Ultrasonography can be reserved for patients where there is a risk of using ionising radiation. It is useful for the identification of hydronephrosis, and may be used to look for stones and other gross abnormalities. It is the first-line investigation in:

  • Pregnant women
  • Children and young adults (i.e. people under 16 years)

Ultrasound is best suited for picking up large, proximal stones (e.g. > 5mm at the PUJ). It is difficult to visualise small, distal stones.

X-ray

Most urinary stones are composed of calcium, which makes them radio-opaque to plain radiograph. X-rays are inexpensive and quick ways of assessing stone size, composition, location and overall burden.

Although X-ray KUB’s have largely been superseded by non-contrast CT, they may play a role in follow-up of radio-opaque stones or to check stent placement.

A small number of stones (e.g. uric acid, indinavir-induced, cystine) are radiolucent and cannot be detected on X-ray.

NOTE: Interestingly, indinavir-induced renal calculi are not visualised on non-contrast CT and require the use of contrast-enhanced CT (i.e. CT urogram).

Investigations

Investigations are important for the basic workup of renal colic, diagnosis, assessment of complications and preparation for any surgical intervention.

Bedside

  • Observations
  • ECG
  • Urinalysis
  • Urine MC&S

Bloods

  • FBC
  • U&Es
  • CRP
  • LFTs
  • Amylase
  • Bone profile
  • Uric acid

Imaging

As above

Stone work-up

A metabolic stone workup can be completed in patients with significant stone disease. This involves:

  • Stone analysis
  • Serum calcium

Other tests may include uric acid levels and parathyroid hormone. Urinary collections may be arranged to look at oxalate, calcium, uric acid and citrate levels.

Management

In the majority of patients, renal colic can be managed conservatively with the use of analgesia and hydration.

In general, the management of renal colic is dependent on the size and location of the stone. The larger (e.g. > 10mm) and more proximal (e.g. PUJ) the stone, the more likely intervention will be needed.

A stone that is < 4 mm in size will have an 80% chance of spontaneous passage whereas a stone > 8 mm in size only has a 20% chance of spontaneous passage.

In all patients, appropriate analgesia and hydration are important in the ongoing management. Urgent urological assessment should be considered in the following circumstances:

  • Urosepsis
  • Acute kidney injury / anuria
  • Solitary functioning kidney
  • Unresponsive pain

Analgesia & anti-emetics

NSAIDs are considered excellent for pain relief in renal colic as they help to reduce the ureteral spasm - particularly when given via the rectal route. They should be used with caution in patients with an AKI or with a history of gastritis or peptic ulcer disease.

Paracetamol may be given to aid or in place of NSAIDs whilst opioids are reserved for those whose pain is still uncontrolled.

Anti-emetics (e.g. ondansetron or cyclizine) can be used to help control nausea and vomiting.

Medical therapy

Medical expulsive therapy involves the use of medications, most commonly tamsulosin (an alpha-blockers) to help induce spontaneous passage of the stone.

This type of therapy can be considered in patients with small distal stones, controlled symptoms and no evidence of sepsis.

Patient's should receive follow-up in 'stone clinic' and be appropriately counselled on signs of potential complications.

NOTE: The SUSPEND did not reduce the proportion of patients requiring further treatment for stone clearance at four weeks. It remains however an area of debate with some clinicians continuing to prescribe tamsulosin, pointing to studies indicative of benefit for stones 5-10mm in size.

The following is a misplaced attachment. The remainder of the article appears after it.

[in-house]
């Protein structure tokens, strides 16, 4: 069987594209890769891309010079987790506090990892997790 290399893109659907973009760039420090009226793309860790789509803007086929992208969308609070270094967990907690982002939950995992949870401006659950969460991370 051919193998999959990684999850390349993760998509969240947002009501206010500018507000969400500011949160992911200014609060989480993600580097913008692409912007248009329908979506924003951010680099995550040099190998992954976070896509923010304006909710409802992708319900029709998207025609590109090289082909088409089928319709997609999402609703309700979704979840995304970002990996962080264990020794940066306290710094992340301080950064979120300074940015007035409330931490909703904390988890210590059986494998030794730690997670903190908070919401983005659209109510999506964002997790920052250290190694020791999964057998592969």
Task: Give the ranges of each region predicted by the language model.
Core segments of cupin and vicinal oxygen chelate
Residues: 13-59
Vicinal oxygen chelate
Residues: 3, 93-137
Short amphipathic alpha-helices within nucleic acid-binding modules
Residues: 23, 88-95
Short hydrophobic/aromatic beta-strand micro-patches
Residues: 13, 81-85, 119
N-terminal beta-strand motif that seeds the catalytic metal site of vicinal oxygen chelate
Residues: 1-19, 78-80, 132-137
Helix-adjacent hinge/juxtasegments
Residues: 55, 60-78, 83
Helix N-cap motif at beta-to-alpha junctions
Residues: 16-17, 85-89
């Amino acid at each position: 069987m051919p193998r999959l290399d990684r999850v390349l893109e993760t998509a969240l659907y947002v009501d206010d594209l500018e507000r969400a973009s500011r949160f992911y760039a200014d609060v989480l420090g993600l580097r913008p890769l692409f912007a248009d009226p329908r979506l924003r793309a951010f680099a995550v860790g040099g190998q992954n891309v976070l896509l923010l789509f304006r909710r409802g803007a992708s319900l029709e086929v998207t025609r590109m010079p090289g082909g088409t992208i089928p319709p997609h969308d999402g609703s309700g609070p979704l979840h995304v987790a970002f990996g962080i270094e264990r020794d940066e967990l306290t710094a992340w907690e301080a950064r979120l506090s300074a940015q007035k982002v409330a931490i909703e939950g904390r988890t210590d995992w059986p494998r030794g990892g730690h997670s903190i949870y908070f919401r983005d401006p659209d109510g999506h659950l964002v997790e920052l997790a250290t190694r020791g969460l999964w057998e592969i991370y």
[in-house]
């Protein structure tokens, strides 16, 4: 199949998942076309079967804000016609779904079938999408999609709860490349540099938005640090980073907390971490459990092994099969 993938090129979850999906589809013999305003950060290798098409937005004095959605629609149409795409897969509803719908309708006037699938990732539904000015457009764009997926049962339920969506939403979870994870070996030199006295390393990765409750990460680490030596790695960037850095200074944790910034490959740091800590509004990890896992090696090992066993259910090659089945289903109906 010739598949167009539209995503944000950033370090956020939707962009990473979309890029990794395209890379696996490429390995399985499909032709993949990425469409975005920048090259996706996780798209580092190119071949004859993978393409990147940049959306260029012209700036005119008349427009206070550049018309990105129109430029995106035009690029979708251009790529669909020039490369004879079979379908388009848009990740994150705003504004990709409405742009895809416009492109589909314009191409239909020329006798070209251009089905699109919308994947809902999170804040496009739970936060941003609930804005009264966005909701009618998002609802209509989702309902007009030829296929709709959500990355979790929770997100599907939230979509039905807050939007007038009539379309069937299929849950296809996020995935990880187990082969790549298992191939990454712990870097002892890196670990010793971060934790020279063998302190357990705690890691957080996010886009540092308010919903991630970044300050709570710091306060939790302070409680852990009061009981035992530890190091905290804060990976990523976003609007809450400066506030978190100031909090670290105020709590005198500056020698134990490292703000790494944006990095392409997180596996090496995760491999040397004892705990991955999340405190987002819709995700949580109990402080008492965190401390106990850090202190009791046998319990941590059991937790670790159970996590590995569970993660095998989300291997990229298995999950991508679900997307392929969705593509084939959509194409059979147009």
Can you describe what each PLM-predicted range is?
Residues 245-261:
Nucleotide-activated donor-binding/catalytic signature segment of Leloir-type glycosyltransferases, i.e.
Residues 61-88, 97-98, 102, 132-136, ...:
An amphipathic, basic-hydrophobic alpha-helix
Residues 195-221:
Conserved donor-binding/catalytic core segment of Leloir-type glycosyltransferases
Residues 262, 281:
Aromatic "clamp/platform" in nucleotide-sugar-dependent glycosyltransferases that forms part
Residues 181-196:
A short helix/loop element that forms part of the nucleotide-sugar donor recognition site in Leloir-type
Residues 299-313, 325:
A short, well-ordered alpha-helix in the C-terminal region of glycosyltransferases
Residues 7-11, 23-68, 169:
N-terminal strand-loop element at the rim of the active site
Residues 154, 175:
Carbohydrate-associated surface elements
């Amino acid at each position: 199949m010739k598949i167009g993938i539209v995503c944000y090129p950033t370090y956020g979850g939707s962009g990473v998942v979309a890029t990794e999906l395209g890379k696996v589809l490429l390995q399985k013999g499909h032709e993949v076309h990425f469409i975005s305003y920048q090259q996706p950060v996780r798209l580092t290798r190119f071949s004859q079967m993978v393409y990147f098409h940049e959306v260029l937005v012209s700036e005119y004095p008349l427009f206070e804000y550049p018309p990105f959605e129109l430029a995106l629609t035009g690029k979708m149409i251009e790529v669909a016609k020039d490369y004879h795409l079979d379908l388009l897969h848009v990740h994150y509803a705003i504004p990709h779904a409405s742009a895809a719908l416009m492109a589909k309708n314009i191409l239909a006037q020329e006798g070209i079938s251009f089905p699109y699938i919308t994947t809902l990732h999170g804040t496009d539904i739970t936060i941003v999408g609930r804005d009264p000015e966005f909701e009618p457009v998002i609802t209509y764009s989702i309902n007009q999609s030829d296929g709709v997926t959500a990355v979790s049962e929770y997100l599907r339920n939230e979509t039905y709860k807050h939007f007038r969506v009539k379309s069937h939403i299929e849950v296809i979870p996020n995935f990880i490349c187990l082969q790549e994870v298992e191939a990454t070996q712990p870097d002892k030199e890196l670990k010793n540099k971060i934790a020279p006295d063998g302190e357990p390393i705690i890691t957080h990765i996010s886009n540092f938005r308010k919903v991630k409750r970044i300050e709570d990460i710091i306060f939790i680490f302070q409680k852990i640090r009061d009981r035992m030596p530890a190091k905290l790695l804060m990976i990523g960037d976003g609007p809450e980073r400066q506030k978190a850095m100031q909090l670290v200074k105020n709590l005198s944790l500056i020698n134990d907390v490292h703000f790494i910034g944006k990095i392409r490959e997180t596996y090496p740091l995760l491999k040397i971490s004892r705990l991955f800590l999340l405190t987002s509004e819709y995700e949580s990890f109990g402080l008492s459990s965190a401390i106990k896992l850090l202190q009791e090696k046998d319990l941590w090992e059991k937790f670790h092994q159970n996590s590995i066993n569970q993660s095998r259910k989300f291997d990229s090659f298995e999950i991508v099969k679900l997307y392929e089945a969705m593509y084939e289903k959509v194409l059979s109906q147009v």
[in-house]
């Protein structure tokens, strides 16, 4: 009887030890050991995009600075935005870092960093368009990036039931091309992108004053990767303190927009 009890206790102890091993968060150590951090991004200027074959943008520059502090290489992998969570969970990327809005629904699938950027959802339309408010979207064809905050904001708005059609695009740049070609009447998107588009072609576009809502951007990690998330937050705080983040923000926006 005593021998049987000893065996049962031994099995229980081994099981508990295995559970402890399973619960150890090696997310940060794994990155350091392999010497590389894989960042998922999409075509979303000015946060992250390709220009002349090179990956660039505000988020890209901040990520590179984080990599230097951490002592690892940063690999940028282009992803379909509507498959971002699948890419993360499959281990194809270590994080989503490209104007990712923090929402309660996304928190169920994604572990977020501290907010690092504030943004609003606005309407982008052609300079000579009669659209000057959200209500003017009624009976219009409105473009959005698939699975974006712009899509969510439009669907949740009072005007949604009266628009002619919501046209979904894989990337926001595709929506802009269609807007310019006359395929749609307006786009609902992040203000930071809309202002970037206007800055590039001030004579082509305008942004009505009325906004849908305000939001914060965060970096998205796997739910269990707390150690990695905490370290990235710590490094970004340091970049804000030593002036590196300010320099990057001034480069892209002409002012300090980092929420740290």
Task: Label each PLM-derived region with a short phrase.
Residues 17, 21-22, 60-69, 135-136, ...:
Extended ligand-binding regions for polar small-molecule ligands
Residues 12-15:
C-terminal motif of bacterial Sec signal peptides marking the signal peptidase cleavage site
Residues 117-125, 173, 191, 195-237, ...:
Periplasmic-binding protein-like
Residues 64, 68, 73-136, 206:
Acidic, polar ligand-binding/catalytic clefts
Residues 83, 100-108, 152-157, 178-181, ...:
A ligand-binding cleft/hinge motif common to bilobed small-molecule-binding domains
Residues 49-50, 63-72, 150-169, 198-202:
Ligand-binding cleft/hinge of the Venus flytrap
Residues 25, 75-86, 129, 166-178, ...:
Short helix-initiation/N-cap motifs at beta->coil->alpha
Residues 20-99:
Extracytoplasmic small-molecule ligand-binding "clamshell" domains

Surgical/radiological interventions

Definitive management of urinary stones depends on the size of the stone, site of obstruction and the clinical presentation. It is normally required for ongoing pain associated with stones unlikely to pass naturally.

Therapeutic options for the management of urolithiasis include:

  • Shockwave lithotripsy (SWL): non invasive procedure that uses shockwaves to break up stones. Normally indicated in those with stones less than 20mm in size.
  • Ureteroscopy (URS): urological procedure where energy devices (e.g. lasers) are used to break up the stones, normally indicated in stones 10-20mm in size or less than 10mm where SWL fails or is contraindicated.
  • Percutaneous nephrolithotomy (PCNL): nephroscope is passed into the collecting system and used to break up stones. Tends to be reserved for larger stones (> 20mm) or in smaller stones where other measures have failed.

Patients who have uncontrolled symptoms or develop complications (e.g. urosepsis, AKI) may require initial relief of obstruction before more definite interventions can take place. The two main options for relieving obstruction include radiologically-guided insertion of a nephrostomy tube into the renal pelvis under local anaesthetic or endoscopic insertion of a ureteric JJ stent under general anaesthetic.

Prevention

Measures may be taken to help prevent and reduce the risk of recurrence of renal calculi.

NICE CG 118 (2019 update) outline measures that can be used in the prevention of calculi. These are summarised below.

Address modifiable risk factors

There are a number of changes patients can make (where relevant and appropriate) that can help to reduce the chance of recurrence:

  • Avoiding excess salt
  • Good oral hydration (and adding lemon juice to drinking water)
  • Avoiding carbonated drinks
  • A balanced diet
  • Healthy weight loss

Potassium citrate

In addition to the above advice potassium citrate may be given to:

  • Adults: With recurrent stones that are > 50% calcium oxalate.
  • Children and young people: With recurrent stones that are > 50% calcium oxalate with either hypercalciuria or hypocitraturia.

Citrate acts to inhibitor of crystallisation of calcium salts - hypocitraturia has been shown to be a risk factor for the development of calcium oxalate.

Thiazides

In addition to the advice regarding modifiable risk factors, thiazide diuretics may be given to adults with:

  • Recurrence and
  • Stones that are > 50% calcium oxalate and
  • Hypercalciuria after
  • Restricting salt intake to 6g / day

Thiazides are relatively inexpensive and reduce urinary calcium, reducing the risk of calcium based stones.

Pulsenotes uses cookies. By continuing to browse and use this application, you are agreeing to our use of cookies. Find out more here.